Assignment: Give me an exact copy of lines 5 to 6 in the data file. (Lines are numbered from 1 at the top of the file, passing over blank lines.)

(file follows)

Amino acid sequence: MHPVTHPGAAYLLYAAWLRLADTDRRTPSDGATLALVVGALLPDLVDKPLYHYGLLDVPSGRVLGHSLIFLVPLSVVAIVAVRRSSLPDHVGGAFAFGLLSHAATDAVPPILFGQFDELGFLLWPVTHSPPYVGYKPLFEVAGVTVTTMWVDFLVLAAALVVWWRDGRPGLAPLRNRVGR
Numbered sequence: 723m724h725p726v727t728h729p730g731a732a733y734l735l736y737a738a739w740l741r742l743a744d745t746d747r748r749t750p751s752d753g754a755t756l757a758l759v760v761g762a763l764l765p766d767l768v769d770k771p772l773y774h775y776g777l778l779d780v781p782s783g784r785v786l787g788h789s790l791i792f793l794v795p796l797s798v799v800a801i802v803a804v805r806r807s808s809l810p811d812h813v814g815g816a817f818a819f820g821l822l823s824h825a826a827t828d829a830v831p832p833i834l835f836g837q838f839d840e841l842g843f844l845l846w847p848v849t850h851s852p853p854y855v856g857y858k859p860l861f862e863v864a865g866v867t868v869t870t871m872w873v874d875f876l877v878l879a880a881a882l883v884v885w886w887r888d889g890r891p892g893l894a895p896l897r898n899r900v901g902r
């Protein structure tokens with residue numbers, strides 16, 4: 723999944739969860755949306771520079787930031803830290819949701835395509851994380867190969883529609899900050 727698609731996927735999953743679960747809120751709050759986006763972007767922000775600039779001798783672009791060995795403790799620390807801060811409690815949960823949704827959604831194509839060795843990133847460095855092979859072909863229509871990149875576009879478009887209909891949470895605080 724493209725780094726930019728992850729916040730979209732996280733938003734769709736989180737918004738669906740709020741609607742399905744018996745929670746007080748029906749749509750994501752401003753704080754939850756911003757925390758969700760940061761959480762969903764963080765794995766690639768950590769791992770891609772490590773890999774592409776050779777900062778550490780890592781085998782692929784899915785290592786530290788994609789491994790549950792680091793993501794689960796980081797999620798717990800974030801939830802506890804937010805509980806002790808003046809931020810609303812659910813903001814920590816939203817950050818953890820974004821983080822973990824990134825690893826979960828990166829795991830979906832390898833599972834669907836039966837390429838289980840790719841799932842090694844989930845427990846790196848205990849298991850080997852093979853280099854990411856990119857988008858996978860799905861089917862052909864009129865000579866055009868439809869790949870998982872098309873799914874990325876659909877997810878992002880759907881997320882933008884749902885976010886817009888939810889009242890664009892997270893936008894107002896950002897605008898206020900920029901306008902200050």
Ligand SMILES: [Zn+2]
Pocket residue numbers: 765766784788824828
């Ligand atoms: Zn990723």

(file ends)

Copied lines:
Pocket residue numbers: 765766784788824828
């Ligand atoms: Zn990723």